Nearly a year ago, I extolled the virtues of The Sinner. Skipping Season Two, it was time to check in on The Sinner 3. To no surprise, the first episode starts off strong but I wondered how they could keep up this tale for seven more. In short, they didn’t. While the overall IMDb rating of 6.8/10 is okay, more telling is that the ratings steadily decline from an initial 7.6/10 to a miserable finale of 5.7/10. My notes went from “psychological thriller” to “disturbing” to “bizarre” to “absurd.”
Rotten Tomatoes suggests that The Sinner 3 takes on “toxic masculinity.” Yet this story is far beyond the exaggeration of male stereotypes, and ventures into the world of mental illness. Jamie deals with hallucinations, suicidal ideation, and near death-experiences. It all becomes a bit too much as Jamie tries to drag Detective Ambrose down the rabbit hole with him. Executive Producer and Episode One star Jessica Biel continues with a string of fine actors. Her writers let her down in this “whydunnit.” I give The Sinner 3 3.0 Gavels and it receives an 85% Rotten tomatoes rating with a 47% Audience score.
College friend Nick Haas shows up on Jamie Burns doorstep after 18 years. Later that night, they crash into a tree at high speed. It doesn’t take long for Detective Ambrose to conclude that Jamie failed to call 911 for over an hour. Why would Jamie allow an “old friend” to die? Why did they dig a grave not far from the crash site? Does the artist who lives at the end of the road have a connection to these men?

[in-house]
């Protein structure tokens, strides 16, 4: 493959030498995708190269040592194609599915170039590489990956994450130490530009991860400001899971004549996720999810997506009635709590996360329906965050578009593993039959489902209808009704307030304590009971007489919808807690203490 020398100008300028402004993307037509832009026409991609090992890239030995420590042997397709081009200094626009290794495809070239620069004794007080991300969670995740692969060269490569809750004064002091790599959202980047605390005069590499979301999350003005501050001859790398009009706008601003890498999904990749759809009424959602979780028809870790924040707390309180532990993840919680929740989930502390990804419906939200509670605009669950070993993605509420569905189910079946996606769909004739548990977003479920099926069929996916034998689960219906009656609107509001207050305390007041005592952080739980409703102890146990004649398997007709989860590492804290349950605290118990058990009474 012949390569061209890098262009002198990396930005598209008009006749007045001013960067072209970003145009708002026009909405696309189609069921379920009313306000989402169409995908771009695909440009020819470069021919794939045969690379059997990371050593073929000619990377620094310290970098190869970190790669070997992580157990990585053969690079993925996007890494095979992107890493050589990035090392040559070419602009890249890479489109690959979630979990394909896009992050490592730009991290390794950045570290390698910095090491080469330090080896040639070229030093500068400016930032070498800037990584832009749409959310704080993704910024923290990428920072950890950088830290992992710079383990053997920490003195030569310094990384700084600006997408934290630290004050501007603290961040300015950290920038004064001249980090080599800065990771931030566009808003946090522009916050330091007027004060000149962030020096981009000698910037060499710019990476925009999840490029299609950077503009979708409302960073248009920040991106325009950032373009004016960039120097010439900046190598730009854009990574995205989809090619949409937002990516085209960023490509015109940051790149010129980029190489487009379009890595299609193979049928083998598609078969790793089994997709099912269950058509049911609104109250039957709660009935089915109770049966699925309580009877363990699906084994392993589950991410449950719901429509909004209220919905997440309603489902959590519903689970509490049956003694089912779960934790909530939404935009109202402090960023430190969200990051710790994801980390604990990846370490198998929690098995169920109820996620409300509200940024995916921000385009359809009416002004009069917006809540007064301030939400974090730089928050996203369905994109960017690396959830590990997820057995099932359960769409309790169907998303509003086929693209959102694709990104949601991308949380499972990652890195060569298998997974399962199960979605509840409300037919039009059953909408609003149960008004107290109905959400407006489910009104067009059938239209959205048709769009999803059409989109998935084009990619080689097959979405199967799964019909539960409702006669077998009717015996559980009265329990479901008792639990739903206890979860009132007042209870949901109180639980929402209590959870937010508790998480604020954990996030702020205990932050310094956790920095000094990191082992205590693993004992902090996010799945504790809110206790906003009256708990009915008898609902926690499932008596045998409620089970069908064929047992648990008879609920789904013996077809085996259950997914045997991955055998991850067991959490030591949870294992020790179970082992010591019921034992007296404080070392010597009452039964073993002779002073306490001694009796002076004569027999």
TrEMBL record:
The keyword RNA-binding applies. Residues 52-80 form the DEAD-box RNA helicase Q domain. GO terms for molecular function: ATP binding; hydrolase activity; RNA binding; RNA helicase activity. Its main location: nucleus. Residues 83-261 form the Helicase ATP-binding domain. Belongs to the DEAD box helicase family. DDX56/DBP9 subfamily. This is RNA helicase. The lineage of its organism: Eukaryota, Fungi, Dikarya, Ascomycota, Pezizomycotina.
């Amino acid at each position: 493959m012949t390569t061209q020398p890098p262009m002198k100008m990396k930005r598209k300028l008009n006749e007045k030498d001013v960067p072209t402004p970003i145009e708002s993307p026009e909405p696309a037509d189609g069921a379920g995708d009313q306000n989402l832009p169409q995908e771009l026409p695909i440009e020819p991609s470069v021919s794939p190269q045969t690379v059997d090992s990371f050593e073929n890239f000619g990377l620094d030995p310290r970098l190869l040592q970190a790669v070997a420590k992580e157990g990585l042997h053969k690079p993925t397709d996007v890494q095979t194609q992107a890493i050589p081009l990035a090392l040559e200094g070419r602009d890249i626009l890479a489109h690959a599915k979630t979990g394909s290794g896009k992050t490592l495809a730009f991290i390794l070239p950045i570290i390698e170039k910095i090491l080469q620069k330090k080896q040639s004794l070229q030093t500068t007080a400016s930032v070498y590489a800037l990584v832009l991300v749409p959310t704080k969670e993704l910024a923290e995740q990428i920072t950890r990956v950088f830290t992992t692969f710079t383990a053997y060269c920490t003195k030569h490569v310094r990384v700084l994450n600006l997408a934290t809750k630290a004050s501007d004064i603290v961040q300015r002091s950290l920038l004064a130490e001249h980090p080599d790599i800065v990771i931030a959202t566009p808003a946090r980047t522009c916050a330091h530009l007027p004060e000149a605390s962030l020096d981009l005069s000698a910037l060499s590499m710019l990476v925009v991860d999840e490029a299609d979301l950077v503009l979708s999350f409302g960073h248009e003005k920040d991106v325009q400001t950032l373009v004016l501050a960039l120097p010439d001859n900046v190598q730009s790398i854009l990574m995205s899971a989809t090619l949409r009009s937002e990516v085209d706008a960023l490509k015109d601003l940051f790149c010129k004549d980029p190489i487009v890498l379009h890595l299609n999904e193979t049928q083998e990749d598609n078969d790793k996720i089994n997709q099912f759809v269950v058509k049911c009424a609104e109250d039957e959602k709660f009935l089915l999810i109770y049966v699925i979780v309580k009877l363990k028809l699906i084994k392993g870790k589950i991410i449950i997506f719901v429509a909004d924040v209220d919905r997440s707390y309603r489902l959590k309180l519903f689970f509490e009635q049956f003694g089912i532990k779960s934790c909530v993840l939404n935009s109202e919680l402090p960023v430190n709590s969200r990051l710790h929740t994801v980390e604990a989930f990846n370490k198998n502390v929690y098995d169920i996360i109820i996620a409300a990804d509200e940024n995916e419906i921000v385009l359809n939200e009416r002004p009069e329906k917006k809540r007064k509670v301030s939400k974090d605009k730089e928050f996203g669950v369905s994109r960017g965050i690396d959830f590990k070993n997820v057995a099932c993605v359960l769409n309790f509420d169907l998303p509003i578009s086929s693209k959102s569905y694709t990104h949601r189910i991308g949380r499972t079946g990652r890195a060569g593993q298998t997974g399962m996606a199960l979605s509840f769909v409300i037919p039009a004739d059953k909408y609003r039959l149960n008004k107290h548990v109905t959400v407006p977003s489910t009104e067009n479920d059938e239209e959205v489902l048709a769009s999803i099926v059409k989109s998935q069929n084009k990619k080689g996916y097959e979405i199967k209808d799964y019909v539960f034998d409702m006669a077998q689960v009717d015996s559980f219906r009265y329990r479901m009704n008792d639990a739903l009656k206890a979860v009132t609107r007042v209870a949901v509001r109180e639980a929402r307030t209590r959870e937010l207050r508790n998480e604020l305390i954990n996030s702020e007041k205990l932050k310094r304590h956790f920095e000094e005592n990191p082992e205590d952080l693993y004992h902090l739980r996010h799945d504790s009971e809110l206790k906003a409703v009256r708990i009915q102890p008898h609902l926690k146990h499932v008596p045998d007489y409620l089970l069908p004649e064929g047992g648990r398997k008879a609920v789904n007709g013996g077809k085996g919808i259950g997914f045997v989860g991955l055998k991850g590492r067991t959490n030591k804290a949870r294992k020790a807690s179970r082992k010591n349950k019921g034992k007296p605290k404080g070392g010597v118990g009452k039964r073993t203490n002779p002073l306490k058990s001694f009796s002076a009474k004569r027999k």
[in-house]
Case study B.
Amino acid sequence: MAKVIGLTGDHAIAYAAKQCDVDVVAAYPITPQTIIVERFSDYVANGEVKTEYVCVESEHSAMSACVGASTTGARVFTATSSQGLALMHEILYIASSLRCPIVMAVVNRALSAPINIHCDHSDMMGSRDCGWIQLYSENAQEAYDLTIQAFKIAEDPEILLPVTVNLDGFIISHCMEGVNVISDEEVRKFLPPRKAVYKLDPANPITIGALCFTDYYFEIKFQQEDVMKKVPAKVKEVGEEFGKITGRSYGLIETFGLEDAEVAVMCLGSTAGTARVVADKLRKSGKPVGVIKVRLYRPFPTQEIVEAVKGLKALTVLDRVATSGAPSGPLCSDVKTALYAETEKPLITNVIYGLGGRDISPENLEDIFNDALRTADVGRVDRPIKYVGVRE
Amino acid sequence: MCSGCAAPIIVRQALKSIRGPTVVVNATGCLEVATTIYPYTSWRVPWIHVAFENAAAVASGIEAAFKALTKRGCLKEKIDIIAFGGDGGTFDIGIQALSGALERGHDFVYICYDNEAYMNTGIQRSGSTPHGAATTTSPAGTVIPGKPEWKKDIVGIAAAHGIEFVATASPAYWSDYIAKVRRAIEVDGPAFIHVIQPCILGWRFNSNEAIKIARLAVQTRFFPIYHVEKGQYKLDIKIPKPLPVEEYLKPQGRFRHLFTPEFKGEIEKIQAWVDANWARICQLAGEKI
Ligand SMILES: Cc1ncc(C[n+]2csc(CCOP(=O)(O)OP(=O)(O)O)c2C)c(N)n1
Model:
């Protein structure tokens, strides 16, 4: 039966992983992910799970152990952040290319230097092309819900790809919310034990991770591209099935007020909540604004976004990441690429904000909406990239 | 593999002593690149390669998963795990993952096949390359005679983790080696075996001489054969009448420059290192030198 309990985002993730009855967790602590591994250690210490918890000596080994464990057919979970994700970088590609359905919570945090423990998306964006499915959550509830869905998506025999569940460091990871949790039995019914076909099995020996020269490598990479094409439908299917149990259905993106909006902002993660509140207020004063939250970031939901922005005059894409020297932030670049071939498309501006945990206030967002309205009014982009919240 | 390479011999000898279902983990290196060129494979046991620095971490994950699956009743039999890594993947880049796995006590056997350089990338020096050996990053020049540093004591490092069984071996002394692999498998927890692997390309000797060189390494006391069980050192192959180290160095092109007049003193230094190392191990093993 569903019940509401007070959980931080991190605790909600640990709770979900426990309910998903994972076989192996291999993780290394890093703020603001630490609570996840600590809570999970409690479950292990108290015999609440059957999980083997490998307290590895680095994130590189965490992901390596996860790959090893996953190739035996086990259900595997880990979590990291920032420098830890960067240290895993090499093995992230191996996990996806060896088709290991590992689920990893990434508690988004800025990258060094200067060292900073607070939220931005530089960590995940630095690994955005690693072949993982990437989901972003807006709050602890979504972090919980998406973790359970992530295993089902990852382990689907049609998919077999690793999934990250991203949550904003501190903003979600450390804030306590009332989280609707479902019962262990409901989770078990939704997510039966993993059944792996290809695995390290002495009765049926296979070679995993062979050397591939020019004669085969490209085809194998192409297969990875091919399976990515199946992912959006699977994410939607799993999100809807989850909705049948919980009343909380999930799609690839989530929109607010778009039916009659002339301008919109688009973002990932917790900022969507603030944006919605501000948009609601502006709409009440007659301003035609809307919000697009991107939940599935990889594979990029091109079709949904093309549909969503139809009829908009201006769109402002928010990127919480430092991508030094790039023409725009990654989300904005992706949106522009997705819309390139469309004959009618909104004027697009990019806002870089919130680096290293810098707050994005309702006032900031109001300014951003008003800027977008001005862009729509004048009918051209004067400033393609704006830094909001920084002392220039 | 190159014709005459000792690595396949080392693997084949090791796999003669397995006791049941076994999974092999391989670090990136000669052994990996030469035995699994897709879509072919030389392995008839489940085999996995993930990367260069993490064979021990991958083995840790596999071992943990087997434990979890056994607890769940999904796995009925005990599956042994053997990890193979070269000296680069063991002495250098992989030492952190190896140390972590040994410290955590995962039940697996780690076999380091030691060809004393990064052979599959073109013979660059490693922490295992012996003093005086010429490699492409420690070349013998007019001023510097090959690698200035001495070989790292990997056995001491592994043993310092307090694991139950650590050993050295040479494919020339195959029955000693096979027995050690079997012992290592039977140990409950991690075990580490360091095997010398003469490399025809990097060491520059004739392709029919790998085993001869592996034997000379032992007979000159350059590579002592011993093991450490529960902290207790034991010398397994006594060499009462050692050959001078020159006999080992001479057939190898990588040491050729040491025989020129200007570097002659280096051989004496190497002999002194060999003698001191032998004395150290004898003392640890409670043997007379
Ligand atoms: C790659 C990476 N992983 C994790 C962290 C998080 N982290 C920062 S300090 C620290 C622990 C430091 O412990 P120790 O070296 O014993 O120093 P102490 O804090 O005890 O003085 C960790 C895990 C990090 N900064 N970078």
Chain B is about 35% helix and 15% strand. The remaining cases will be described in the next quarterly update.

As Det. Ambrose, Bill Pullman (Dark Waters) continues his quirky method of investigation, often stretching the boundaries of credibility. Never very forthcoming in his personal relationships, girlfriend Sonya says. “you hide behind your detective hat whenever it’s convenient.” The guest star of The Sinner 3 is Matt Bomer. As Jamie Burns, he shows much greater range than he ever did in a former favorite of mine, White Collar. He switches between sugary and angry so effortlessly. He is quite the manipulator.
For those into Friedrich Nietzsche, welcome to Ubermensch. The Sinner 3 indicates that Hitler used this concept, which includes “accept that you might have to hurt people.” It was losing me at that point, too.
“It’s a tension that only builds throughout each episode, as Jamie is someone who is willing to do terrible things but will still ultimately process it as being someone else’s fault.” Paste Magazine
The indication is that there will be a Season 4. Obviously, I’ll think twice before riding this train again.
“It’s time to start thinking about some closure for this show, which has burned its resources. It’s more ‘soap opera’ than ‘thriller.'” Cinelipsis